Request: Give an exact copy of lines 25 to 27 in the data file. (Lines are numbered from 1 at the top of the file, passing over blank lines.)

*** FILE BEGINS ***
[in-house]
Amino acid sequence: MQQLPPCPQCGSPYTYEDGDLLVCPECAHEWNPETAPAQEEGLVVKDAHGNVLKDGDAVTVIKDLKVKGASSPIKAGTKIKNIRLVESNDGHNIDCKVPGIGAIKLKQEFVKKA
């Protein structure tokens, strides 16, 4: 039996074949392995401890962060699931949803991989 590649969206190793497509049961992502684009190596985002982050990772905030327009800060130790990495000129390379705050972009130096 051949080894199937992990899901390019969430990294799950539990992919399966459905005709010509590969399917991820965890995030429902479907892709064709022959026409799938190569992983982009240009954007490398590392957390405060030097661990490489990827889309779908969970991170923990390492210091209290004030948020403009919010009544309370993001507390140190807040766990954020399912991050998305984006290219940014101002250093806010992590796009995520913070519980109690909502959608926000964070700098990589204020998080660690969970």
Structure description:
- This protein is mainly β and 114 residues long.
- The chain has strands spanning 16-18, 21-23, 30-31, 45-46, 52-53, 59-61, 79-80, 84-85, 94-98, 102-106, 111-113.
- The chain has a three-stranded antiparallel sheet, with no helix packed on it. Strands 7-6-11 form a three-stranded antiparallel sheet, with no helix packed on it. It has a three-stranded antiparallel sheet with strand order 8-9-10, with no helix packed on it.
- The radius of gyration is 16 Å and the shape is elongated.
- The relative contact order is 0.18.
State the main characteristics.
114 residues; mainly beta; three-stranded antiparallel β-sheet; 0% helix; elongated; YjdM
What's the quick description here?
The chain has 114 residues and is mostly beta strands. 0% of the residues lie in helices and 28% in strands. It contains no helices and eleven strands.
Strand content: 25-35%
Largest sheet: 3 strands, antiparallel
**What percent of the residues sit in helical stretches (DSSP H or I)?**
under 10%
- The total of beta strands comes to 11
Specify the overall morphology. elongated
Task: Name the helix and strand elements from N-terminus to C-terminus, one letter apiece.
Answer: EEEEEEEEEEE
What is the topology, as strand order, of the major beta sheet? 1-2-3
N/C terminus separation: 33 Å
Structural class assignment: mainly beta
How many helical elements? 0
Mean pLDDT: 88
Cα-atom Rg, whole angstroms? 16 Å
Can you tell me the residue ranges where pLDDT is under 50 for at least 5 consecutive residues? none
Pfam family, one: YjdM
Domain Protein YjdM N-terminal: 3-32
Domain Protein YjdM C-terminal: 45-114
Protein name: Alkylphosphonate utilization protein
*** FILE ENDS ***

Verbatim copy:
How many helical elements? 0
Mean pLDDT: 88
Cα-atom Rg, whole angstroms? 16 Å